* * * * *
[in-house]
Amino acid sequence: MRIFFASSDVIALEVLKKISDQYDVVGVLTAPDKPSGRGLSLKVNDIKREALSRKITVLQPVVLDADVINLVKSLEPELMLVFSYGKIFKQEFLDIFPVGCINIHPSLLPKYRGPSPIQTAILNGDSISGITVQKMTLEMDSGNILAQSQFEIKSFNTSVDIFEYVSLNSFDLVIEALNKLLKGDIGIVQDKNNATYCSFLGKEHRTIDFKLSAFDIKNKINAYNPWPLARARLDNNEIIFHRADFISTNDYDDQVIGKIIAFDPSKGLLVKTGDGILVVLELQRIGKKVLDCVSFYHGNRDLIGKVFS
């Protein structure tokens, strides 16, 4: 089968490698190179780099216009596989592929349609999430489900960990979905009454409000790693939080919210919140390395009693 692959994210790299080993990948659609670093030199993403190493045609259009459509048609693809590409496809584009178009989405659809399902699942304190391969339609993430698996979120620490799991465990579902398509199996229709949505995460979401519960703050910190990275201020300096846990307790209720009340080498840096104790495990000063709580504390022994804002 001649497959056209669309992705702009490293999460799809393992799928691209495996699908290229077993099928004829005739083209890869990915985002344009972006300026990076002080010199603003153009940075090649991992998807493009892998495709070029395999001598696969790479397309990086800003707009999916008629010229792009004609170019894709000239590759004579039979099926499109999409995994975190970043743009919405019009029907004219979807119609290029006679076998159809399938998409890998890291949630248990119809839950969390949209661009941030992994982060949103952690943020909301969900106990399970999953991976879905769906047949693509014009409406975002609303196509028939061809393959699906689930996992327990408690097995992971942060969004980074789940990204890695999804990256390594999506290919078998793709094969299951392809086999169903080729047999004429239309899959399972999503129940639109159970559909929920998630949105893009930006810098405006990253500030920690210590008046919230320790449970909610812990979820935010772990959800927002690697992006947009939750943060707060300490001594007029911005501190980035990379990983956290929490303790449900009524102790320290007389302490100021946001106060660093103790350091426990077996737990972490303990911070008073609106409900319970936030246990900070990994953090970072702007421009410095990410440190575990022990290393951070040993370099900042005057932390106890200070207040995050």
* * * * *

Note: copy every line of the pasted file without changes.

[in-house]
Amino acid sequence: MRIFFASSDVIALEVLKKISDQYDVVGVLTAPDKPSGRGLSLKVNDIKREALSRKITVLQPVVLDADVINLVKSLEPELMLVFSYGKIFKQEFLDIFPVGCINIHPSLLPKYRGPSPIQTAILNGDSISGITVQKMTLEMDSGNILAQSQFEIKSFNTSVDIFEYVSLNSFDLVIEALNKLLKGDIGIVQDKNNATYCSFLGKEHRTIDFKLSAFDIKNKINAYNPWPLARARLDNNEIIFHRADFISTNDYDDQVIGKIIAFDPSKGLLVKTGDGILVVLELQRIGKKVLDCVSFYHGNRDLIGKVFS
């Protein structure tokens, strides 16, 4: 089968490698190179780099216009596989592929349609999430489900960990979905009454409000790693939080919210919140390395009693 692959994210790299080993990948659609670093030199993403190493045609259009459509048609693809590409496809584009178009989405659809399902699942304190391969339609993430698996979120620490799991465990579902398509199996229709949505995460979401519960703050910190990275201020300096846990307790209720009340080498840096104790495990000063709580504390022994804002 001649497959056209669309992705702009490293999460799809393992799928691209495996699908290229077993099928004829005739083209890869990915985002344009972006300026990076002080010199603003153009940075090649991992998807493009892998495709070029395999001598696969790479397309990086800003707009999916008629010229792009004609170019894709000239590759004579039979099926499109999409995994975190970043743009919405019009029907004219979807119609290029006679076998159809399938998409890998890291949630248990119809839950969390949209661009941030992994982060949103952690943020909301969900106990399970999953991976879905769906047949693509014009409406975002609303196509028939061809393959699906689930996992327990408690097995992971942060969004980074789940990204890695999804990256390594999506290919078998793709094969299951392809086999169903080729047999004429239309899959399972999503129940639109159970559909929920998630949105893009930006810098405006990253500030920690210590008046919230320790449970909610812990979820935010772990959800927002690697992006947009939750943060707060300490001594007029911005501190980035990379990983956290929490303790449900009524102790320290007389302490100021946001106060660093103790350091426990077996737990972490303990911070008073609106409900319970936030246990900070990994953090970072702007421009410095990410440190575990022990290393951070040993370099900042005057932390106890200070207040995050």